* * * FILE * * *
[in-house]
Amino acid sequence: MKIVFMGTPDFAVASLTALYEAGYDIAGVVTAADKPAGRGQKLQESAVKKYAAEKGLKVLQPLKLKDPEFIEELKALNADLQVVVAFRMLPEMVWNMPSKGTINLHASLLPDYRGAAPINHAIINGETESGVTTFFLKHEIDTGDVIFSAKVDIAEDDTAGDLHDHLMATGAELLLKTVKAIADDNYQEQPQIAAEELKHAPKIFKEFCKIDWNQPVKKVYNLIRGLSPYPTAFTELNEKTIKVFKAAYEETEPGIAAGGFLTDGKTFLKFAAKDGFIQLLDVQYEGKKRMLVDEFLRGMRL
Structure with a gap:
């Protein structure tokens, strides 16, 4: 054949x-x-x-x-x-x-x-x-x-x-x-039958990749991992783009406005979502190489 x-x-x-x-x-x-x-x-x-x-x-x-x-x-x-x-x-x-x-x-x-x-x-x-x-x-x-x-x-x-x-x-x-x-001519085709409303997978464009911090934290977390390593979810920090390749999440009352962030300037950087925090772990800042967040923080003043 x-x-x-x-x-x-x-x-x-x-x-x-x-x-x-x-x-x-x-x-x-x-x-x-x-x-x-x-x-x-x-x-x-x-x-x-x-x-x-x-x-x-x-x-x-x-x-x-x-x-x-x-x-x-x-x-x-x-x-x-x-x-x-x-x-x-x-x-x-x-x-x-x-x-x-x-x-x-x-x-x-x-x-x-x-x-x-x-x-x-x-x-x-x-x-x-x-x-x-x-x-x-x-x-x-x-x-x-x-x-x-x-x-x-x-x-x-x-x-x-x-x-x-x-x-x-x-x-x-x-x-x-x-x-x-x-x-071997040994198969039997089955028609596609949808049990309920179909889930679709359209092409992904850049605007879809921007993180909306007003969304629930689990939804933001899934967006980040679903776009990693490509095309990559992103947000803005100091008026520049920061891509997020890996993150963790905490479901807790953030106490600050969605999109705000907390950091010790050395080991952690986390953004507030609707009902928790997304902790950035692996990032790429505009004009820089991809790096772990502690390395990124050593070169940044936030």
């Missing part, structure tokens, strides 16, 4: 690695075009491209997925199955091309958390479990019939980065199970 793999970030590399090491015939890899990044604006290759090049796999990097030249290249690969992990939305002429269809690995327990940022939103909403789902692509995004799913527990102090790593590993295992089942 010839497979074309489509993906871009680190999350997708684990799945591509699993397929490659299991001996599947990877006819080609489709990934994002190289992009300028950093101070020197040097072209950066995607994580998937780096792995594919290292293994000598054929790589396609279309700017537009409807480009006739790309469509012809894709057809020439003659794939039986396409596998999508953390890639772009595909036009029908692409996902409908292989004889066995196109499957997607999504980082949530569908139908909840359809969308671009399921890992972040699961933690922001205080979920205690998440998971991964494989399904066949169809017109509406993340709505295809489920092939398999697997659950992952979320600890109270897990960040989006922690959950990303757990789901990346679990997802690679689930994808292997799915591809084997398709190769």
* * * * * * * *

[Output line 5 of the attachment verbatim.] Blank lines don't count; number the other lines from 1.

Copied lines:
């Missing part, structure tokens, strides 16, 4: 690695075009491209997925199955091309958390479990019939980065199970 793999970030590399090491015939890899990044604006290759090049796999990097030249290249690969992990939305002429269809690995327990940022939103909403789902692509995004799913527990102090790593590993295992089942 010839497979074309489509993906871009680190999350997708684990799945591509699993397929490659299991001996599947990877006819080609489709990934994002190289992009300028950093101070020197040097072209950066995607994580998937780096792995594919290292293994000598054929790589396609279309700017537009409807480009006739790309469509012809894709057809020439003659794939039986396409596998999508953390890639772009595909036009029908692409996902409908292989004889066995196109499957997607999504980082949530569908139908909840359809969308671009399921890992972040699961933690922001205080979920205690998440998971991964494989399904066949169809017109509406993340709505295809489920092939398999697997659950992952979320600890109270897990960040989006922690959950990303757990789901990346679990997802690679689930994808292997799915591809084997398709190769």